One common type of cancer is prostate cancer. The distinction between those with an aggressive form of cancer and those without it may now be made more quickly and simply thanks to research.
In Sweden, prostate cancer affects more men than any other type of cancer. There is now a quicker and simpler technique to tell who has an aggressive form of cancer and who does not, according to researchers at Ume University in Sweden.
In Sweden, more than 10,000 men receive a prostate cancer diagnosis each year. 2,300 of those lives can’t be saved, however many others can be treated or even have benign tumours.
Research is being done to improve the techniques used to discriminate between cancers that need to be treated and tumours that may be ignored. At the Department of Medical Biosciences, the research team led by Professor Maréne Landström is hard at work looking into just that. They have also worked together on this topic with a research team from Uppsala University.
“This may have great implications on precision medicine when treating prostate cancer, and on more cancer groups alike,” says Maréne Landström, Professor of Pathology at Umeĺ University.
The transforming growth factor beta (TGF-) signalling pathway is an important system that influences how cancer cells grow and spread, and the Ume researchers have now uncovered a novel function in certain proteins in this pathway. The discovery makes it feasible to identify the men who are at risk of acquiring aggressive and life-threatening prostate cancer more readily, faster, and early in the course of the disease, which may have significant consequences for the treatment of cancer.
Jie Song, first author of the publication in EBioMedicine says,”Our discovery is a breakthrough in cancer research in the field of TGF-? signalling. We have discovered that AURKB, which is a kinase usually overexpressed in cancer cells, interacts with T?RI during cell division of both prostate cancer cells and neuroblastoma cells, which is a form of cancer common in children. We have also shown that TRAF6 — an enzyme which causes so-called K63-linked polyubiquitination — ubiquitinates AURKB on two amino acids and thereby contributes to the kinase activity of AURKB when cancer cells proliferate. By in situ PLA technique, we show that K63-linked polyubiquitination of AURKB is present in lung adenocarcinoma, prostate cancer and clear cell renal cell carcinoma in patient tissue sections. Moreover, the AURKB-T?RI complex is correlated with the malignancy of prostate cancer. Our results suggest that the AURKB-T?RI complex may be a useful biomarker for early detection of advanced prostate cancer, which may be of huge clinical benefit in the development of precision drugs for treating prostate cancer,” she says.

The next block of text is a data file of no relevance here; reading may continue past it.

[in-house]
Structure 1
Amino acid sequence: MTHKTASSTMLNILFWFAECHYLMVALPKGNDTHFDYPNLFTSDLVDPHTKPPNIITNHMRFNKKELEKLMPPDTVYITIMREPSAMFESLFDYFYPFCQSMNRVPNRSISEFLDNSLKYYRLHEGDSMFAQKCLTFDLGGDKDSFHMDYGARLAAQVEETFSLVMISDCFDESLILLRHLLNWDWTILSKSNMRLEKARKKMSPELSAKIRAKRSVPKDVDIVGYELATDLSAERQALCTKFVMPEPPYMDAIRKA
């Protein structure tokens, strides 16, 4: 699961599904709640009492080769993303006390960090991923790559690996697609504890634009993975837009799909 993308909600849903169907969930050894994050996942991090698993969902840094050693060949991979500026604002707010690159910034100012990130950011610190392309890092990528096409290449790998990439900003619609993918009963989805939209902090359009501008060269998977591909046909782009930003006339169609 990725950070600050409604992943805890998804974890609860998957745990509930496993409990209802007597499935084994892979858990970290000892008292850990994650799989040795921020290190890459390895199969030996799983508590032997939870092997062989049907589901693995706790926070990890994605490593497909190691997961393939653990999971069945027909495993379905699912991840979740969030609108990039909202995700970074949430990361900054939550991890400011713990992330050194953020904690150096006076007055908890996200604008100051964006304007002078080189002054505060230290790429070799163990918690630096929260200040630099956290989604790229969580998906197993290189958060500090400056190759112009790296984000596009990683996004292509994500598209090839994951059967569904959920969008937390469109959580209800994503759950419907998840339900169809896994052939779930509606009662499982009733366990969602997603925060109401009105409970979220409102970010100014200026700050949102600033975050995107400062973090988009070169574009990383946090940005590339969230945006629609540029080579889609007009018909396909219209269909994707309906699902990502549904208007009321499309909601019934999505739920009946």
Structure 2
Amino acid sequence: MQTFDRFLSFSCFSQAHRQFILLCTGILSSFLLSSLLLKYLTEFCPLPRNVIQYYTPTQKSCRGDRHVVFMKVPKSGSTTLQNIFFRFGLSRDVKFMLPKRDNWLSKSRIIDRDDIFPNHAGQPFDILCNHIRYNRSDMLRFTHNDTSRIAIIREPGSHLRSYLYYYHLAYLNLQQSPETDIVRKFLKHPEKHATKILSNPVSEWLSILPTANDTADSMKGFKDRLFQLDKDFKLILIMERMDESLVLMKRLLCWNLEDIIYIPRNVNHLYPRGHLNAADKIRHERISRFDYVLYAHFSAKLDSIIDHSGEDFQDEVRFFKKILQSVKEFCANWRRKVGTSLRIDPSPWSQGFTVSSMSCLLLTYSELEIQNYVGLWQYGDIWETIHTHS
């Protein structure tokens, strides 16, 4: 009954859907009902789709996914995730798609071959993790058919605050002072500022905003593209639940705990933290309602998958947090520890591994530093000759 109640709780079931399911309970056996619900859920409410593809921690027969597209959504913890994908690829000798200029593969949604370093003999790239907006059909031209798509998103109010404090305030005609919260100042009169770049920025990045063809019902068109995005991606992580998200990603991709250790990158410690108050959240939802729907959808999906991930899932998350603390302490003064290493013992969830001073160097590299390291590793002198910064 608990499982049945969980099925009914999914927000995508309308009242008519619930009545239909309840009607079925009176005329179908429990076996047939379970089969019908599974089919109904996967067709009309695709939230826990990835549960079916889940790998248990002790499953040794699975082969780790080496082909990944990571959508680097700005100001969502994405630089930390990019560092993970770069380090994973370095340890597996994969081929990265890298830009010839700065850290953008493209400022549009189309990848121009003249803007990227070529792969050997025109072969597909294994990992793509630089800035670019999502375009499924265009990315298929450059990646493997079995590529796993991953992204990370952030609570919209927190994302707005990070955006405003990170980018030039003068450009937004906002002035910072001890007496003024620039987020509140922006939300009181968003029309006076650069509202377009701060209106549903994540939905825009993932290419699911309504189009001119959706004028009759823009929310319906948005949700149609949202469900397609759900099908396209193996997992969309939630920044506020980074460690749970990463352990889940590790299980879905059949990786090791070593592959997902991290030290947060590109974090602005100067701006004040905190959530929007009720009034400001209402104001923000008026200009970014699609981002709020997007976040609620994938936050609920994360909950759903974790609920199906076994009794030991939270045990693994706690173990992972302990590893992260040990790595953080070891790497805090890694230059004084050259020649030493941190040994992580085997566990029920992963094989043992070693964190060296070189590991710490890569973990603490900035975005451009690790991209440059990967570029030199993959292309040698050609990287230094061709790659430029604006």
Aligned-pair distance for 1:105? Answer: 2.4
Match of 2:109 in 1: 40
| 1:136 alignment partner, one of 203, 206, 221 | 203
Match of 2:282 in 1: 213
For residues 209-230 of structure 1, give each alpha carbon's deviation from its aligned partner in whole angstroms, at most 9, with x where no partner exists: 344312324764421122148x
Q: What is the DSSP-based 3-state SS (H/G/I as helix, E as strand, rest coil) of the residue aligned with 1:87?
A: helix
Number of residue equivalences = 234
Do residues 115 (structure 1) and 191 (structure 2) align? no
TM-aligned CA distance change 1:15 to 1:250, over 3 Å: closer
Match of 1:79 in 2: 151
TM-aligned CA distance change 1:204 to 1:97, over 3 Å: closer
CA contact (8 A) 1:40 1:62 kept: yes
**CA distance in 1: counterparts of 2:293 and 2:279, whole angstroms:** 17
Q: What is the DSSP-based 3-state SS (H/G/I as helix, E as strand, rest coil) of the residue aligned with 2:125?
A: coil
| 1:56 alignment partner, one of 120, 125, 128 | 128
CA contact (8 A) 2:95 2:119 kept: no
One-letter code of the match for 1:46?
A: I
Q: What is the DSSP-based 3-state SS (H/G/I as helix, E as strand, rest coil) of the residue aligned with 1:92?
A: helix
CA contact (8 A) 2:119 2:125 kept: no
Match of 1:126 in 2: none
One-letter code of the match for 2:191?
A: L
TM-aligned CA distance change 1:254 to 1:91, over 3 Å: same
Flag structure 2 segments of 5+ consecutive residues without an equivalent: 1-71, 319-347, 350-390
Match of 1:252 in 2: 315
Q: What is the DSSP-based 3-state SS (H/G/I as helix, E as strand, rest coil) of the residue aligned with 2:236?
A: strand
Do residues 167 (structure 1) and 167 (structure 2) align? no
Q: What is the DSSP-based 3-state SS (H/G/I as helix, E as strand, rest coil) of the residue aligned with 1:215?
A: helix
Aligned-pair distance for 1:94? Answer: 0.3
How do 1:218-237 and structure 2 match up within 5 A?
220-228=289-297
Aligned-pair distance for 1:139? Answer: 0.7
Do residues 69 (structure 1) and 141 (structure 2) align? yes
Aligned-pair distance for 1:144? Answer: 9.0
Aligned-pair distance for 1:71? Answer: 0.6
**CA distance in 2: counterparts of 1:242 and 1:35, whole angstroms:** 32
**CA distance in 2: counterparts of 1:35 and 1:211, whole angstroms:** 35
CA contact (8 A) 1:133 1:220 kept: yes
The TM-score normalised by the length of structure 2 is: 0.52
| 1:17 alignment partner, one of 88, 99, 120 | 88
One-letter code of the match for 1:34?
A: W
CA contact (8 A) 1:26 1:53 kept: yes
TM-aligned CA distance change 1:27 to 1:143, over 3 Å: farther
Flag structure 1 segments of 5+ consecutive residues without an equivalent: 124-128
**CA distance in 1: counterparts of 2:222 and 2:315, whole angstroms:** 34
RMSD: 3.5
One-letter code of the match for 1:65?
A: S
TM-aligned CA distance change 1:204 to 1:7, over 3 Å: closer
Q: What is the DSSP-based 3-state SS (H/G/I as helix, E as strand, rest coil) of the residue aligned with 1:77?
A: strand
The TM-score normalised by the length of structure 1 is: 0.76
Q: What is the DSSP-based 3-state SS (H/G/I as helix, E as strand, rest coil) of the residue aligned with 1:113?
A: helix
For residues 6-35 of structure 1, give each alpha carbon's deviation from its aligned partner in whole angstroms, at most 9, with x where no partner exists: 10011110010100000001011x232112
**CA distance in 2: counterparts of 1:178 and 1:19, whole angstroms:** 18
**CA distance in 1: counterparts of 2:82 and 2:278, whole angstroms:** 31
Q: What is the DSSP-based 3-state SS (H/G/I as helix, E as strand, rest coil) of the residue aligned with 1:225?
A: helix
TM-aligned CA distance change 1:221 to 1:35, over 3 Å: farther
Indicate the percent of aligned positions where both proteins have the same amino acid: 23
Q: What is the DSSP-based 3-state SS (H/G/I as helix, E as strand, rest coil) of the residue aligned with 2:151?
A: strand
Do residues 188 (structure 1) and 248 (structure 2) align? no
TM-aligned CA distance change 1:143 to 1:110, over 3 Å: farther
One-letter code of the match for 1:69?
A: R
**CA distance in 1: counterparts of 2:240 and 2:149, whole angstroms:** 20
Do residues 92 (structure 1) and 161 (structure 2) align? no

Because of the rarity of this discovery, the researchers have enlisted more researchers to join their team and submitted a patent application through the pharmaceutical development business MetaCurUm Biotech AB. According to Maréne Landström, she want to truly reach out to the medical community with this news because she believe it will be very beneficial to both cancer sufferers and the medical community as a whole. To create a technique that the medical services can employ, they’ll submit financing requests to innovation organisations like Vinnova and others.
Maréne Landström said that they anticipate needing two to three years to create a test research findings.